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Melissa Liu, Yulia Wolfson, Susan B. Bressler, Diana V. Do, Howard S. Ying, Neil M. Bressler; Assessment of Time-domain and Spectral-domain Ocular Coherence Tomography in the Management of Diabetic Macular Edema with Anti-VEGF Therapy. Invest. Ophthalmol. Vis. Sci. 2012;53(14):3173.
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Standard care for diabetic macular edema (DME) involving the center of the macula with vision impairment may include intravitreal anti-vascular endothelial growth factor (anti-VEGF) therapy, with injections repeated as often as every 4 weeks. Retreatment decisions are based predominantly on ocular coherence tomography (OCT) changes in edema since the last treatment. Clinical trials that proved the benefits of anti-VEGF therapy had utilized time-domain OCT (TD-OCT), but the impact of spectral-domain OCT (SD-OCT), with greater resolution, software registration of longitudinal images and production of "change" maps, and denser sampling, has not been evaluated. The purpose of this study was to evaluate the impact of TD-OCT followed by SD-OCT on treatment decision-making in the management of DME with anti-VEGF therapy. We hypothesized that SD-OCT might alter the management decisions.
Following IRB approval, a prospective study was conducted in patients previously treated for DME with an anti-VEGF agent among 4 retina specialists at the Wilmer Eye Institute. Consented subjects underwent clinical examination and TD- and SD-OCT imaging in eligible eyes. The managing retina specialist recorded whether additional anti-VEGF was recommended, the follow-up time interval, and the level of certainty, first after performing the clinical examination and reviewing a TD-OCT, and then again after reviewing a SD-OCT.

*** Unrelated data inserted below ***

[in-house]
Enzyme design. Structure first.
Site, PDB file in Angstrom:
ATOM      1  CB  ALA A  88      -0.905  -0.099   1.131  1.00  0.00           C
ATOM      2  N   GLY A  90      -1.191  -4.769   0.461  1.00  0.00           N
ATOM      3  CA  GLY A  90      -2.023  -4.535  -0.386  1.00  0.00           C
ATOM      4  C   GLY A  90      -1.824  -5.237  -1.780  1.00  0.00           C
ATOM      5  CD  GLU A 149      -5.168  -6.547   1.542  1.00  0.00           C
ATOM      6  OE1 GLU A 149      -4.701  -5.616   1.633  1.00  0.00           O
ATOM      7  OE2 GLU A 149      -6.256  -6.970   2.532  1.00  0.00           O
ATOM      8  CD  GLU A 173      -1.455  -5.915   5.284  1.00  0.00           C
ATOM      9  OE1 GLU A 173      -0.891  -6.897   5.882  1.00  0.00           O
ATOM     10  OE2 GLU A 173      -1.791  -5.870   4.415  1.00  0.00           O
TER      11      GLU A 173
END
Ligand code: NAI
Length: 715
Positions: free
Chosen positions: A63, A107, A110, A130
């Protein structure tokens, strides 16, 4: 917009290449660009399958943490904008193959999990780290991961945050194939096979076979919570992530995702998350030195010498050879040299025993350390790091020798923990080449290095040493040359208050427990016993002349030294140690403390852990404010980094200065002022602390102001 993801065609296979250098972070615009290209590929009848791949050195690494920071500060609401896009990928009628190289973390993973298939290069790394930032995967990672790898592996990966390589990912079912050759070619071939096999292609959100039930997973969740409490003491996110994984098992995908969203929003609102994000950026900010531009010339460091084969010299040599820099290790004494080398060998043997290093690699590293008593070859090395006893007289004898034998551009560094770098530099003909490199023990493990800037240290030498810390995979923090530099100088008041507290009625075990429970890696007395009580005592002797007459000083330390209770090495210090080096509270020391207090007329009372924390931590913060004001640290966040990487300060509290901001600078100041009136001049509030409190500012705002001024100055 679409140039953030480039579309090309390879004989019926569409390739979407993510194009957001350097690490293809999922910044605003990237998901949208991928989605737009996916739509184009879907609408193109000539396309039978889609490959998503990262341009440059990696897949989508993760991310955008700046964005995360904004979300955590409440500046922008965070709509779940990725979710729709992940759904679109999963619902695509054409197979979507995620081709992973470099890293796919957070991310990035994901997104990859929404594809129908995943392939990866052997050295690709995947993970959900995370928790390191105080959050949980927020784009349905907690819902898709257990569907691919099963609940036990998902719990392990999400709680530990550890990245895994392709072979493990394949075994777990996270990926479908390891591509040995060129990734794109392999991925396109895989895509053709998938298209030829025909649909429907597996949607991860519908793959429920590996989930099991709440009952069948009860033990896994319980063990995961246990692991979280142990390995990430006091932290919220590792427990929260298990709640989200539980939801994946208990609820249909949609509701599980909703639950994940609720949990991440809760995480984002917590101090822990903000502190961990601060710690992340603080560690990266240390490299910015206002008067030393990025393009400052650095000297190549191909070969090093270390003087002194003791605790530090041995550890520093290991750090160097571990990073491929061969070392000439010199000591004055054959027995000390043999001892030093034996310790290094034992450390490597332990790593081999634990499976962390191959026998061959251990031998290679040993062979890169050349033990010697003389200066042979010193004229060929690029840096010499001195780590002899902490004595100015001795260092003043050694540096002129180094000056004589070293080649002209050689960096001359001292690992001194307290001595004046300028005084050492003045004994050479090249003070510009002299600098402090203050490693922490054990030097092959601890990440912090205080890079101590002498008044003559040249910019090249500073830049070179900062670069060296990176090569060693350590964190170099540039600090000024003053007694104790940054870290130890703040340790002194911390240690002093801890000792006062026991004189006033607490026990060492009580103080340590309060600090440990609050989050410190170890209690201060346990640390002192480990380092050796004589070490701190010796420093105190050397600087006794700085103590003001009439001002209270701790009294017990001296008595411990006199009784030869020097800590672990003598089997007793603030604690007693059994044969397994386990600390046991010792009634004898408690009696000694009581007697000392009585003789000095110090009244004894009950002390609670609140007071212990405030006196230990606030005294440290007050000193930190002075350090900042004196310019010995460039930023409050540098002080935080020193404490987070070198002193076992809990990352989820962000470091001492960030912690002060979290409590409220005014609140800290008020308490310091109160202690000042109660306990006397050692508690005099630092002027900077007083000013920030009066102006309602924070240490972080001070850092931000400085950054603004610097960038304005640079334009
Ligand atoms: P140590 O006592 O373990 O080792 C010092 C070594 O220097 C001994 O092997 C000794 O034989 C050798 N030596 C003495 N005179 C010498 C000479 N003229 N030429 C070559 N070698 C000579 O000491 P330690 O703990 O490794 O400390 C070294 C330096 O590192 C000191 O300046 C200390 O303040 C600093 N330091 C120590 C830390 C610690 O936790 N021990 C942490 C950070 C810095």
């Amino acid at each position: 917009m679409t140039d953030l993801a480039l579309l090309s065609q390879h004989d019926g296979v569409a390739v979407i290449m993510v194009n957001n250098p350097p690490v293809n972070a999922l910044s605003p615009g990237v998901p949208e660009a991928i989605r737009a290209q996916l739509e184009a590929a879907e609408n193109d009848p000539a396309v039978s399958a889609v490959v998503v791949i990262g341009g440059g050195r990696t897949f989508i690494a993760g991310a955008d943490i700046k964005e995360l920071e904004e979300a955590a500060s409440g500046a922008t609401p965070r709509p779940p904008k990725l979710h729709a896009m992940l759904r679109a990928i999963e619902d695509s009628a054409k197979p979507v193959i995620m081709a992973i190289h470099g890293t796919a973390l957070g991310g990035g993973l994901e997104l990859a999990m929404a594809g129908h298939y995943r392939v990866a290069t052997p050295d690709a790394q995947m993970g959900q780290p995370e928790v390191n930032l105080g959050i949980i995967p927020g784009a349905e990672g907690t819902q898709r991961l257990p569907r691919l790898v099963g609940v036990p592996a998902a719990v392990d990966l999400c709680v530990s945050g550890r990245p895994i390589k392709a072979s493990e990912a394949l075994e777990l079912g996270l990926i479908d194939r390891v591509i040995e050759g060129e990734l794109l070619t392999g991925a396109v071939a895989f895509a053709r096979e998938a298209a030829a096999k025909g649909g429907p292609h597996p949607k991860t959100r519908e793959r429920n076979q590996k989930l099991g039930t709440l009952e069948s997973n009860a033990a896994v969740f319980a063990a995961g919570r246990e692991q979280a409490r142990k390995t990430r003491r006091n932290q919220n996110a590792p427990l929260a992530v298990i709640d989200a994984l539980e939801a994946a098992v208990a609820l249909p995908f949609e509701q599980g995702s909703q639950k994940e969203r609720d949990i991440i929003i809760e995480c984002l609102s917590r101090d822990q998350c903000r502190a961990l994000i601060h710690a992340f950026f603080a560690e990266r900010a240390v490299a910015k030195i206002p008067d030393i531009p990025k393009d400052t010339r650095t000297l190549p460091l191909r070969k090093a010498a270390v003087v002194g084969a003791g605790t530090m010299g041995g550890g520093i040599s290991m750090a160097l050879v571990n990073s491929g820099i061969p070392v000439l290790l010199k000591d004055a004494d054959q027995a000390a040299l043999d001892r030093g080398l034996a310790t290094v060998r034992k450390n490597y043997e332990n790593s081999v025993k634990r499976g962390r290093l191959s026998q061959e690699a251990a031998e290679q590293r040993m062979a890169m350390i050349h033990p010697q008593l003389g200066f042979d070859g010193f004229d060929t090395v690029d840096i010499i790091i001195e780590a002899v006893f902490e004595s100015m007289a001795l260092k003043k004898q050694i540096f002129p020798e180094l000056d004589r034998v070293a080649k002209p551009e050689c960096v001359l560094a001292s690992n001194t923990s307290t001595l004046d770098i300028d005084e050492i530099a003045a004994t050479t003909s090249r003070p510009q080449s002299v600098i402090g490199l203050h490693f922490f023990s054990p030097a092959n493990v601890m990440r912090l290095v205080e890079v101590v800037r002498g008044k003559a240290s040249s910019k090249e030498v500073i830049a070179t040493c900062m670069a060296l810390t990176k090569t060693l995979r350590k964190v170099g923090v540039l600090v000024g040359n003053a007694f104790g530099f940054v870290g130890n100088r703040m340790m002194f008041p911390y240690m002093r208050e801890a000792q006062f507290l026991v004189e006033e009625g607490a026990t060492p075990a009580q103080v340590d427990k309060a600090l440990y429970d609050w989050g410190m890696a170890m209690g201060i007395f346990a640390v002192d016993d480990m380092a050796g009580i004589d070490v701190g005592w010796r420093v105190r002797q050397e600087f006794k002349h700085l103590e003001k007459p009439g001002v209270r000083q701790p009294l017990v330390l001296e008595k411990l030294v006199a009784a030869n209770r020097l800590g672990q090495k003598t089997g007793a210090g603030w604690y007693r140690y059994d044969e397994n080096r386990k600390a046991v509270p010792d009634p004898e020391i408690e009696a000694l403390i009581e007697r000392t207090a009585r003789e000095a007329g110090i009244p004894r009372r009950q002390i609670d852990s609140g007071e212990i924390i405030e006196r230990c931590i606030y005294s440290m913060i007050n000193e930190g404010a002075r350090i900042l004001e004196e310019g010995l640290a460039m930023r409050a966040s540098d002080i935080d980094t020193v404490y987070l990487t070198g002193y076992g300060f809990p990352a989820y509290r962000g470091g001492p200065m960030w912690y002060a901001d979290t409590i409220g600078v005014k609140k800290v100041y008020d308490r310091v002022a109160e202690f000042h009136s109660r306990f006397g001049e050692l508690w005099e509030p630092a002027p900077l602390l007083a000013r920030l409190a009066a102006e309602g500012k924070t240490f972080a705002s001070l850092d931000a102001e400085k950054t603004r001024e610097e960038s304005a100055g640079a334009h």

Data were collected for 129 treatment decision pairs involving 67 eyes from 46 subjects. Non-concordant decisions occurred in 9 (7.0%) treatment decision pairs. In 7 (78%) of these 9, the addition of SD-OCT changed the retina specialist's decision from not recommending to recommending retreatment. The addition of SD-OCT increased the certainty of the retina specialist in 35.7% of all treatment decision pairs.
SD-OCT may increase the certainty and change the treatment decisions of retina specialists relative to TD-OCT when managing DME. On occasion, SD-OCT led to treatment when TD-OCT did not. Further investigations are needed to determine whether there are certain factors which led to the discordant decisions and whether such changes in management lead to improved visual outcomes.
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